Parents' Guide to

Fred 2: Night of the Living Fred

By Emily Ashby, Common Sense Media Reviewer

age 11+

An improvement on the original, but Fred's still Fred.

Movie G 2012 83 minutes
Fred 2: Night of the Living Fred Poster Image

A Lot or a Little?

What you will—and won't—find in this movie.

Community Reviews

age 8+

Based on 2 parent reviews

age 8+

There’s Just Something About It

There’s just something about this movie. I find it very funny and entertaining. It’s not the greatest thing I’ve seen, but it’s still totally awesome for kids and adults!

This title has:

Great messages
Great role models
age 8+

Fred 2: Night Of The Living Fred

not as many laughs as #1 fred movie, but still fred can be him self in both.

This title has:

Great messages

Is It Any Good?

Our review:
Parents say (2):
Kids say (40):

YouTube sensation Fred returns in this slightly improved sequel that serves up more of the outrageous scenarios and pre-pubescent screeching that's made Fred (and Cruikshank) an Internet star. He's a hit with the tween set, much to the chagrin of plenty of parents who loathe both his flair for the dramatic and his use of his own variety of slang cursing. When it comes to this brand of comedy, you either love it or you hate it, and the line slices pretty close to the generational divide. Of course, that's partly due to the fact that tweens will pick out some of the stuff you might not notice, like spoofs of Twilight and cameos by some of their favorite actors from shows like So Random! and Supah Ninjas, but on the whole, it's just not a comedy style most parents will like.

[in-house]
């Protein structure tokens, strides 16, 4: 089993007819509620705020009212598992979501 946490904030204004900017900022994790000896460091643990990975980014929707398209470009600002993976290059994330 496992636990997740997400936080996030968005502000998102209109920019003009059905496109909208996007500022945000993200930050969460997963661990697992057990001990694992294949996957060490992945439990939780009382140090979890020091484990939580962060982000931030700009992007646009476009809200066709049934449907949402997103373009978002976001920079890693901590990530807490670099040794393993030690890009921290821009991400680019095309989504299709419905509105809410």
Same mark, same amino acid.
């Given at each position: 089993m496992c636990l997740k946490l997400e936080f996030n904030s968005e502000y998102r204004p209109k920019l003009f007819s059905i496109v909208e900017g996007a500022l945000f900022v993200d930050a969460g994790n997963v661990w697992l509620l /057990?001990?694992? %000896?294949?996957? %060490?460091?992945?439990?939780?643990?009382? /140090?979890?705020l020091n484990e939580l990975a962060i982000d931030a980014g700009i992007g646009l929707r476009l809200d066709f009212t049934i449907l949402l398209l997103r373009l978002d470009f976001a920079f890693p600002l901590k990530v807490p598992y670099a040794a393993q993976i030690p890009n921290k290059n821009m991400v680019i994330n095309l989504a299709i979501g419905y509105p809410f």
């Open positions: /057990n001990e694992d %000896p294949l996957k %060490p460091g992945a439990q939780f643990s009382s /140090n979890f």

If your tweens are already fans, there's little hope that they won't want to check out this sequel, but there is some good news. Compared to the original, this movie takes some care to tone down a lot of the content that was most unpalatable to parents. Fred's now the object of an innocent crush from a younger girl rather the instigator of a shockingly obsessive one, the issue of his mom's alcoholism never comes up (though she's still not Mom of the Year), he's more self-confident and less susceptible to bullying classmates, and overall, there are fewer episodes of his manic hyperactivity. What's more, the story incorporates some marginally positive messages about judging people, using the Internet responsibly, respecting differences, and taking ownership of your mistakes. Bottom line? It's still not really worthwhile, but at least it's a small improvement on the original.

Movie Details

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